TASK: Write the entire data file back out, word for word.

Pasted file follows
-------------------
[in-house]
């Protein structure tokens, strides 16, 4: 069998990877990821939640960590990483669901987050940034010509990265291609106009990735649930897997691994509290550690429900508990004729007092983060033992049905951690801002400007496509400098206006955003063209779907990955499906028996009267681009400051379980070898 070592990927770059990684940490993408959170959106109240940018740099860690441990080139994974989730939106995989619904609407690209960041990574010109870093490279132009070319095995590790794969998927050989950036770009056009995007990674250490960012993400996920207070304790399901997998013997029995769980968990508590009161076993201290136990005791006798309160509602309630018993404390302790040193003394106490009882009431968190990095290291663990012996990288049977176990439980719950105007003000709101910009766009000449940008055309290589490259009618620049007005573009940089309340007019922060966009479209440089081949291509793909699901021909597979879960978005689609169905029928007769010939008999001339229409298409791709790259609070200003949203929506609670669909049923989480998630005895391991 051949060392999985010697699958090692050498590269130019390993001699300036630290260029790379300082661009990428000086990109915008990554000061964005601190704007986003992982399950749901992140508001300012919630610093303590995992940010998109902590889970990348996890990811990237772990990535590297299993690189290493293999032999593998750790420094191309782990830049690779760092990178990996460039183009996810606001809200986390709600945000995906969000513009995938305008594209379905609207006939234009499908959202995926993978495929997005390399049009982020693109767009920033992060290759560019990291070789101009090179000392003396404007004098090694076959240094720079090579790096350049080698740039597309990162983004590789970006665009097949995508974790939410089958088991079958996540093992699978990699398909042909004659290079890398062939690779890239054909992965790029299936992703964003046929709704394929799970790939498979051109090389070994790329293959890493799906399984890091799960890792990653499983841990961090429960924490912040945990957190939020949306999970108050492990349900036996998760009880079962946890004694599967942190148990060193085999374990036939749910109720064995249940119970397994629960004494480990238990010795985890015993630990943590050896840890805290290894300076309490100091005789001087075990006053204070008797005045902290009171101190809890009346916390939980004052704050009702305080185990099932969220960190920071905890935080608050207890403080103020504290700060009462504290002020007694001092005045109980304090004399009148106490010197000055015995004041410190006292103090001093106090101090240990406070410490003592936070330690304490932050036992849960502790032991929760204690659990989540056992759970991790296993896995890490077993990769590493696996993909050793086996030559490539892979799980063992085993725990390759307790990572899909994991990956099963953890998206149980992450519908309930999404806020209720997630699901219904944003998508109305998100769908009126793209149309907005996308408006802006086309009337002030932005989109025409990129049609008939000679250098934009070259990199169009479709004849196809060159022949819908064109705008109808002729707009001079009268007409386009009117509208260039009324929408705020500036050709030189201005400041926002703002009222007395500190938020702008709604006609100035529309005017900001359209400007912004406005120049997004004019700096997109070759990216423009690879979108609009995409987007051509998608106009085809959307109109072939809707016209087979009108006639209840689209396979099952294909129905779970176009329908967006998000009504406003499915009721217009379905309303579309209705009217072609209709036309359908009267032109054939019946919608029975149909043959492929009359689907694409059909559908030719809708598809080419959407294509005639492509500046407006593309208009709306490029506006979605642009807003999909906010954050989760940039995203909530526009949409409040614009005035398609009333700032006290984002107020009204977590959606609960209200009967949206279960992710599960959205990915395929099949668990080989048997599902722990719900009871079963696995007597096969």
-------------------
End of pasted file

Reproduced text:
[in-house]
């Protein structure tokens, strides 16, 4: 069998990877990821939640960590990483669901987050940034010509990265291609106009990735649930897997691994509290550690429900508990004729007092983060033992049905951690801002400007496509400098206006955003063209779907990955499906028996009267681009400051379980070898 070592990927770059990684940490993408959170959106109240940018740099860690441990080139994974989730939106995989619904609407690209960041990574010109870093490279132009070319095995590790794969998927050989950036770009056009995007990674250490960012993400996920207070304790399901997998013997029995769980968990508590009161076993201290136990005791006798309160509602309630018993404390302790040193003394106490009882009431968190990095290291663990012996990288049977176990439980719950105007003000709101910009766009000449940008055309290589490259009618620049007005573009940089309340007019922060966009479209440089081949291509793909699901021909597979879960978005689609169905029928007769010939008999001339229409298409791709790259609070200003949203929506609670669909049923989480998630005895391991 051949060392999985010697699958090692050498590269130019390993001699300036630290260029790379300082661009990428000086990109915008990554000061964005601190704007986003992982399950749901992140508001300012919630610093303590995992940010998109902590889970990348996890990811990237772990990535590297299993690189290493293999032999593998750790420094191309782990830049690779760092990178990996460039183009996810606001809200986390709600945000995906969000513009995938305008594209379905609207006939234009499908959202995926993978495929997005390399049009982020693109767009920033992060290759560019990291070789101009090179000392003396404007004098090694076959240094720079090579790096350049080698740039597309990162983004590789970006665009097949995508974790939410089958088991079958996540093992699978990699398909042909004659290079890398062939690779890239054909992965790029299936992703964003046929709704394929799970790939498979051109090389070994790329293959890493799906399984890091799960890792990653499983841990961090429960924490912040945990957190939020949306999970108050492990349900036996998760009880079962946890004694599967942190148990060193085999374990036939749910109720064995249940119970397994629960004494480990238990010795985890015993630990943590050896840890805290290894300076309490100091005789001087075990006053204070008797005045902290009171101190809890009346916390939980004052704050009702305080185990099932969220960190920071905890935080608050207890403080103020504290700060009462504290002020007694001092005045109980304090004399009148106490010197000055015995004041410190006292103090001093106090101090240990406070410490003592936070330690304490932050036992849960502790032991929760204690659990989540056992759970991790296993896995890490077993990769590493696996993909050793086996030559490539892979799980063992085993725990390759307790990572899909994991990956099963953890998206149980992450519908309930999404806020209720997630699901219904944003998508109305998100769908009126793209149309907005996308408006802006086309009337002030932005989109025409990129049609008939000679250098934009070259990199169009479709004849196809060159022949819908064109705008109808002729707009001079009268007409386009009117509208260039009324929408705020500036050709030189201005400041926002703002009222007395500190938020702008709604006609100035529309005017900001359209400007912004406005120049997004004019700096997109070759990216423009690879979108609009995409987007051509998608106009085809959307109109072939809707016209087979009108006639209840689209396979099952294909129905779970176009329908967006998000009504406003499915009721217009379905309303579309209705009217072609209709036309359908009267032109054939019946919608029975149909043959492929009359689907694409059909559908030719809708598809080419959407294509005639492509500046407006593309208009709306490029506006979605642009807003999909906010954050989760940039995203909530526009949409409040614009005035398609009333700032006290984002107020009204977590959606609960209200009967949206279960992710599960959205990915395929099949668990080989048997599902722990719900009871079963696995007597096969």